Tagwhat tries to connect online content to real-world locations, and it’s taking that idea step further with a new feature that it calls the Superslider.
Co-founder and CEO Dave Elchoness says that there’s an enormous amount of content on the web that’s related to location but not geotagged — which means that you might completely miss the relevance of a neighborhood or building as you pass through. For example, if you’re traveling to New York and you walk past Katz’s Deli, you might miss out on the fact that it’s the setting for the famous “I’ll have what she’s having” scene in When Harry Met Sally. In fact, I’ve been inside the deli several times without knowing that. (I did watch my friends eat a particularly disgusting meal there, so it wasn’t a total loss.)
To solve that problem, Tagwhat has created a collection of geotagged content (the content is either written by the Tagwhat team and the community, or it’s pulled from publishing partners and open sources like Wikipedia) that you can browse on your iPhone or Android. When you open the app, you’re presented with a selection of notable nearby locations — this afternoon I tried it out from the TechCrunch office, and I was able to read a description of The Creamery coffee shop and the Wikipedia article on the 4th and King Caltrain station. You can narrow search to specific channels like “movies” and “Wikipedia,” and you can also bring up a map and directions for each entry.
The Superslider adds a social layer to the experience. After all, if you’re interested in reading about a spot, you may also be interested in seeing who else has checked in there, or who’s tweeting about it. And that’s what the Superslider allows — it’s a slider that you can bring up beneath any Tagwhat entry, allowing you to browse and post related content to Facebook, Foursquare, and Twitter. The algorithm matching locations to social content works well, but it’s not infallible — when I opened the Superslider for the Creamery, I saw the Creamery’s Facebook page (great!), but most all of the tweets were actually related to other locations, like Cold Stone Creamery (less so).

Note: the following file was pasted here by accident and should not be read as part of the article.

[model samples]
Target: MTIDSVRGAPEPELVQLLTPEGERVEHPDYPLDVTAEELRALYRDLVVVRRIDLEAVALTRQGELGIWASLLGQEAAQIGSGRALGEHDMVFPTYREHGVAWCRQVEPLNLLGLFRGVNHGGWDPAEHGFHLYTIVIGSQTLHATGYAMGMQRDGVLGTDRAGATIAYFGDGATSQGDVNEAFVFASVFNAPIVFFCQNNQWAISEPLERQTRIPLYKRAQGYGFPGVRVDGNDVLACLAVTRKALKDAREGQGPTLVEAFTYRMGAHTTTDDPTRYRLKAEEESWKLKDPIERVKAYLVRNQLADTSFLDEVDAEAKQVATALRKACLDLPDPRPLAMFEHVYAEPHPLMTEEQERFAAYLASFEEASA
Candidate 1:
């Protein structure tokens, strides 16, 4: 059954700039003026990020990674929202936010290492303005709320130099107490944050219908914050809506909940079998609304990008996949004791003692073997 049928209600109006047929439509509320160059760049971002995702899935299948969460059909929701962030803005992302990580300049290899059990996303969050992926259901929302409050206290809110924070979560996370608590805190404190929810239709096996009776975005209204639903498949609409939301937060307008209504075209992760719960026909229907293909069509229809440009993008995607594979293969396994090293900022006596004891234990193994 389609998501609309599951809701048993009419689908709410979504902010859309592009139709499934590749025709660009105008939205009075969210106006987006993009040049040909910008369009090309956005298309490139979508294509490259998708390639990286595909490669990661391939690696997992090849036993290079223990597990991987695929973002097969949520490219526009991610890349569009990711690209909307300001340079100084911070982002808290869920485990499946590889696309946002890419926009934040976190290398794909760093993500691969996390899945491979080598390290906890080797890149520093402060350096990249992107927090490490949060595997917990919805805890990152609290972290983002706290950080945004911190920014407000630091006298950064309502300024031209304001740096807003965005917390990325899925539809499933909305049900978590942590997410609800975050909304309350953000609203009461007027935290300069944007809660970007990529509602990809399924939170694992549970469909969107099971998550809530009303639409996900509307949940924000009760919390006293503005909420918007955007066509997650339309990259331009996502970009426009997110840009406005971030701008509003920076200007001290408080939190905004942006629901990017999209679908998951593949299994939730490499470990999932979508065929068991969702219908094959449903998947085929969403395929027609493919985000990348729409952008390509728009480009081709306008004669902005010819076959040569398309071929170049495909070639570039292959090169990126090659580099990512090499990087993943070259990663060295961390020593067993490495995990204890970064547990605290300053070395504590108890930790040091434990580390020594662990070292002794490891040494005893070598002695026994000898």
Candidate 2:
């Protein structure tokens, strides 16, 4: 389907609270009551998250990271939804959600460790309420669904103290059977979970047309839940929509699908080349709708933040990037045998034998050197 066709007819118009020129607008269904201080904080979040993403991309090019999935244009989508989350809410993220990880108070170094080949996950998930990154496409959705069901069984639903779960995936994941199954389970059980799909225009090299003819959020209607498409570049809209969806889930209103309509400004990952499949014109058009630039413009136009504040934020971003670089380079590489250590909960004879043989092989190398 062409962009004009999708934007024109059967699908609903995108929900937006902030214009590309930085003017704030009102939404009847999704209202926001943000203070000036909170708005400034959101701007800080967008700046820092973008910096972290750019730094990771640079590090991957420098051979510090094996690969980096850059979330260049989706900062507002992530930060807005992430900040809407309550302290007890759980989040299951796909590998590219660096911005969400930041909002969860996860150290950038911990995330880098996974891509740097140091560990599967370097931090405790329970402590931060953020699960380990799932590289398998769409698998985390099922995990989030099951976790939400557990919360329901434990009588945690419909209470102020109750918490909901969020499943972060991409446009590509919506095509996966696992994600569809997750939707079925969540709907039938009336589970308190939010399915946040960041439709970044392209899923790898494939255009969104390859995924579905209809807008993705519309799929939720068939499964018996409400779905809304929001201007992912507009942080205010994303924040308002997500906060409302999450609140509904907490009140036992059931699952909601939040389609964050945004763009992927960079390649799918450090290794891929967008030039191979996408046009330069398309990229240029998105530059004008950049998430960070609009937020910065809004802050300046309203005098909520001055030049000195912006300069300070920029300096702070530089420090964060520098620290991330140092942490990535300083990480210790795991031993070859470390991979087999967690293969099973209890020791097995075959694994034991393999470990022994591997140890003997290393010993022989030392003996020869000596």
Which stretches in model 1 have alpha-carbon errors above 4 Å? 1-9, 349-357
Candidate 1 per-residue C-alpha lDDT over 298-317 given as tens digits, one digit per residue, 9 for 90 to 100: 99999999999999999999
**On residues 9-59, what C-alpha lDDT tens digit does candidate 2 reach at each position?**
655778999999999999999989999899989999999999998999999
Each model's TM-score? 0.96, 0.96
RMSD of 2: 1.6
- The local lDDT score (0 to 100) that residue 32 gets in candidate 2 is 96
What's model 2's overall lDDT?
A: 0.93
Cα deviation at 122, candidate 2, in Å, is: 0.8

Elchoness says the Superslider will expand over time to include other apps — not just social ones, either. You might be walking past AT&T Park and the Supderslider could bring up the ESPN app showing the latest scores. Ultimately, Elchoness says Tagwhat could become an “app of apps.”
“A lot of folks have been thinking about mobile in the wrong way,” he says. “It needs to be simple and easy to use. No one’s going to be hopping to lots of different apps for very long.”
In addition to the Superslider, Tagwhat has also added a travel log feature, allowing users to mark locations as “been there” and “want to go”, essentially saving those entries in a list for future browsing.
By the way, if the name sounds familiar, it’s because we wrote about Tagwhat back when it was focusing on augmented reality, before the launch of its current apps. You can download the Tagwhat iPhone app here and the Android app here.
Tagwhat is the most comprehensive feed of hyperlocal content in the world. Its award-winning mobile apps instantly find and deliver actionable content about the places around you. Tagwhat delivers the right content to the right people at the right time so that you never miss what’s happening nearby again. Tagwhat makes it extremely easy for businesses to tether their digital content to real-world locations and deliver it to nearby mobile users.